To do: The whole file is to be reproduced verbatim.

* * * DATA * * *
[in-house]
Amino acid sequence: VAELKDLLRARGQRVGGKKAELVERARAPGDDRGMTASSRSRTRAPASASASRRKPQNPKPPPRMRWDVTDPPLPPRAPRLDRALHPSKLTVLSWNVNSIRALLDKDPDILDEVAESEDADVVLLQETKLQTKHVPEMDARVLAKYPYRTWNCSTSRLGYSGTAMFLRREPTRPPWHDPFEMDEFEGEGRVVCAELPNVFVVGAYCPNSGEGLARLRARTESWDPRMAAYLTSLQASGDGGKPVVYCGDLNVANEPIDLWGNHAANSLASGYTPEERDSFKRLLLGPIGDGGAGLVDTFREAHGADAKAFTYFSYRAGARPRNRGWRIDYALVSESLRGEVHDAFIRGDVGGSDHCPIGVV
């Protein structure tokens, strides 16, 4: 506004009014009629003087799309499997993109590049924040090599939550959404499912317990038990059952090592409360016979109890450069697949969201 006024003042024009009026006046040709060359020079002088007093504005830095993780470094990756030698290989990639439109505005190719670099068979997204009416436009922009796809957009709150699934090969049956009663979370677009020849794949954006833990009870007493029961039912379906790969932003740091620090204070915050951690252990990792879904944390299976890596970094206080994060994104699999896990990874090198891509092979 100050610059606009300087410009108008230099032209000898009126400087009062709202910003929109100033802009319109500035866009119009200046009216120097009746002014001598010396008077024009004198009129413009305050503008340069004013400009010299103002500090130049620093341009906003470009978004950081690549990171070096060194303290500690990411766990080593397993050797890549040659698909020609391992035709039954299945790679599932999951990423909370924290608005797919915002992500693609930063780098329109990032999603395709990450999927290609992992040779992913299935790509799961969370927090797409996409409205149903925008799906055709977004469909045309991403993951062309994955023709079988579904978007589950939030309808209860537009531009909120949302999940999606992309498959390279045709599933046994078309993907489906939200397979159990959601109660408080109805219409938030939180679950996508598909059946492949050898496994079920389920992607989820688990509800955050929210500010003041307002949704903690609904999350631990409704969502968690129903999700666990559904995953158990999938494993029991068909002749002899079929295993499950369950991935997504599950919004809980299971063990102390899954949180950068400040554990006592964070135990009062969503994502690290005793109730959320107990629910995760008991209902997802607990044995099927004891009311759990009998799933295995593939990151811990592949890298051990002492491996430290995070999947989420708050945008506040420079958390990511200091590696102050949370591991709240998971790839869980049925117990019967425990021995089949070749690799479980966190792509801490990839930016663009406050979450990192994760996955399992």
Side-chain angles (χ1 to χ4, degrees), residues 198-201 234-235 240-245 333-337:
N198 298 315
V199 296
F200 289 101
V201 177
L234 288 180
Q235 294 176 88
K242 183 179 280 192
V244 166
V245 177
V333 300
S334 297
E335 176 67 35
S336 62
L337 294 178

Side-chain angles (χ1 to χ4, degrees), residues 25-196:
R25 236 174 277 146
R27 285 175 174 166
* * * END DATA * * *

[in-house]
Amino acid sequence: VAELKDLLRARGQRVGGKKAELVERARAPGDDRGMTASSRSRTRAPASASASRRKPQNPKPPPRMRWDVTDPPLPPRAPRLDRALHPSKLTVLSWNVNSIRALLDKDPDILDEVAESEDADVVLLQETKLQTKHVPEMDARVLAKYPYRTWNCSTSRLGYSGTAMFLRREPTRPPWHDPFEMDEFEGEGRVVCAELPNVFVVGAYCPNSGEGLARLRARTESWDPRMAAYLTSLQASGDGGKPVVYCGDLNVANEPIDLWGNHAANSLASGYTPEERDSFKRLLLGPIGDGGAGLVDTFREAHGADAKAFTYFSYRAGARPRNRGWRIDYALVSESLRGEVHDAFIRGDVGGSDHCPIGVV
């Protein structure tokens, strides 16, 4: 506004009014009629003087799309499997993109590049924040090599939550959404499912317990038990059952090592409360016979109890450069697949969201 006024003042024009009026006046040709060359020079002088007093504005830095993780470094990756030698290989990639439109505005190719670099068979997204009416436009922009796809957009709150699934090969049956009663979370677009020849794949954006833990009870007493029961039912379906790969932003740091620090204070915050951690252990990792879904944390299976890596970094206080994060994104699999896990990874090198891509092979 100050610059606009300087410009108008230099032209000898009126400087009062709202910003929109100033802009319109500035866009119009200046009216120097009746002014001598010396008077024009004198009129413009305050503008340069004013400009010299103002500090130049620093341009906003470009978004950081690549990171070096060194303290500690990411766990080593397993050797890549040659698909020609391992035709039954299945790679599932999951990423909370924290608005797919915002992500693609930063780098329109990032999603395709990450999927290609992992040779992913299935790509799961969370927090797409996409409205149903925008799906055709977004469909045309991403993951062309994955023709079988579904978007589950939030309808209860537009531009909120949302999940999606992309498959390279045709599933046994078309993907489906939200397979159990959601109660408080109805219409938030939180679950996508598909059946492949050898496994079920389920992607989820688990509800955050929210500010003041307002949704903690609904999350631990409704969502968690129903999700666990559904995953158990999938494993029991068909002749002899079929295993499950369950991935997504599950919004809980299971063990102390899954949180950068400040554990006592964070135990009062969503994502690290005793109730959320107990629910995760008991209902997802607990044995099927004891009311759990009998799933295995593939990151811990592949890298051990002492491996430290995070999947989420708050945008506040420079958390990511200091590696102050949370591991709240998971790839869980049925117990019967425990021995089949070749690799479980966190792509801490990839930016663009406050979450990192994760996955399992």
Side-chain angles (χ1 to χ4, degrees), residues 198-201 234-235 240-245 333-337:
N198 298 315
V199 296
F200 289 101
V201 177
L234 288 180
Q235 294 176 88
K242 183 179 280 192
V244 166
V245 177
V333 300
S334 297
E335 176 67 35
S336 62
L337 294 178

Side-chain angles (χ1 to χ4, degrees), residues 25-196:
R25 236 174 277 146
R27 285 175 174 166